July 05, 2004

Gagne Blows: After 84 consecutive saves, LA's Eric Gagne streak finally ends against the Diamondbacks, His last blown save was August 26, 2002, also against Arizona.

posted by goddam to baseball at 11:05 PM - 17 comments

I knew his streak would end soon when I read the Tim Kurkjian piece on ESPN, which he started in this fate-tempting way: "This story was assigned a week before it would be used. How presumptuous. Was there no chance that Eric Gagne might blow a save in those seven days? Blown saves happen every night across the major leagues, they happen to the A's and the Indians all the time. Not Gagne. Never Gagne."

posted by rcade at 11:45 PM on July 05, 2004

Regardless, it was an awesome streak. Now he can just another.

posted by jasonspaceman at 05:26 AM on July 06, 2004

Now that Gagne's streak is over, I wouldn't be surprised to see fate strike twice and end Ken Jenning's streak on Jeopardy. (click on "Daily Update") Still, I'm glad that this artificial streak ("saves") is over. If he had gone those 84 appearances without giving up a run at all, then I'd be really impressed.

posted by grum@work at 06:29 AM on July 06, 2004

I don't think there's anything artificial about Gagne's streak, which unlike a lot of individual records contributes directly and undeniably to the most important stat: the W. Just because some save opportunities look easy doesn't stop most closers from blowing 1-2 a month. The effect of having a Rivera or Gagne in the opposing bullpen is huge, both practically and psychologically. When they're on, it's like one team only gets 8 innings to bat.

posted by rcade at 07:08 AM on July 06, 2004

Isn't the arm of a closer least likely to last as long as a starter's? Or is that something I just dreamt up?

posted by jasonspaceman at 07:43 AM on July 06, 2004

Saves are a very valid stat. Three runs suddenly doesn't seem as manageable a goal when you're staring down a guy who hasn't allowed 'em in eighty-four games. I managed to catch one of his performances (#76, I think). He was something else: he'd get a strikeout, then allow a home run, then another strikeout, then a base hit, then a groundout. Very aggressive in attacking the strike zone; very much a product of old Montréal hockey. Really exciting to watch. Still will be even without the streak.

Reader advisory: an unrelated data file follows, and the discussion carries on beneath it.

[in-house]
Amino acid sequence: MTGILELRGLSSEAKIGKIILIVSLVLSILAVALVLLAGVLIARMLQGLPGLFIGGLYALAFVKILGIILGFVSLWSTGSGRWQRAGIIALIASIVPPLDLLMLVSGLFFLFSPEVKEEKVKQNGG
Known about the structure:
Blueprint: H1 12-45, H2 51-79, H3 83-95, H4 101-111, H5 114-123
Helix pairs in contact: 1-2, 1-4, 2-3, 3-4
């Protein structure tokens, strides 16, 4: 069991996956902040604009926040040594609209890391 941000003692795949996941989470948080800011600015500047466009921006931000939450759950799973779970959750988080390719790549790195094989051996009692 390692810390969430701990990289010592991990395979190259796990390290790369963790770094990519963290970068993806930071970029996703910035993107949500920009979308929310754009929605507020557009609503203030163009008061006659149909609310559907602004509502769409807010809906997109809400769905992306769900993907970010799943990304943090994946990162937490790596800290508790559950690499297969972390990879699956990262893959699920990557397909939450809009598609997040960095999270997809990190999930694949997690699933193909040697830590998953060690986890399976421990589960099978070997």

posted by DrJohnEvans at 07:57 AM on July 06, 2004

Grum, Jennings will make it well over 40 before his run ends. It's going to take a phenomenal performance by someone else to get to him... in the ones I've watched there hasn't even been one person within striking distance (ie, more than half his total) before Final Jeopardy. Anyway, while I do think Gagne is a tad overrated (his performance against NY was less than impressive, and were it not for some foot outside strike calls he may have lost the streak at 81) you've got to be impressed that it went that long without him giving up a single lead. That's 3 or more outs of work each time, wihtout ever screwing up. I don't really get all excited about Rivera's #s like 42 of 47, or whatever passes for successful, but 85 in a row...

posted by Bernreuther at 08:39 AM on July 06, 2004

Grum, Jennings will make it well over 40 before his run ends. It's going to take a phenomenal performance by someone else to get to him... in the ones I've watched there hasn't even been one person within striking distance (ie, more than half his total) before Final Jeopardy. He's usually beaten them (psychologically) by the first commercial break. I don't know how many times I've seen him with over $5000 and the other two competitors have zero (or less)! They have that hang-dog look in their eyes and they start to become desperate. I think that he's playing with Trebek by not going for the single-game record ($52,000). Alex keeps egging him on, but he doesn't take the bait. Now...back to the original topic... Don't get me wrong. What Gagne did was very impressive (compared to other relievers) and I do appreciate the skill he has to maintain that streak. But like the good Dr. says above, there can often be a lot of wiggle-room for a closer with a 3 run lead in the 9th and no one on base. I'd be more impressed with these pitching performances.

posted by grum@work at 10:01 AM on July 06, 2004

A save actually doesn't require a full three outs of work -- a reliever can get credit for a save by coming in just to face the last batter, depending on baserunners and/or score. Here is the save rule:

10.20 Credit a pitcher with a save when he meets all three of the following conditions: (1) He is the finishing pitcher in a game won by his club; and (2) He is not the winning pitcher; and (3) He qualifies under one of the following conditions: (a) He enters the game with a lead of no more than three runs and pitches for at least one inning; or (b) He enters the game, regardless of the count, with the potential tying run either on base, or at bat, or on deck (that is, the potential tying run is either already on base or is one of the first two batsmen he faces); or (c) He pitches effectively for at least three innings. No more than one save may be credited in each game.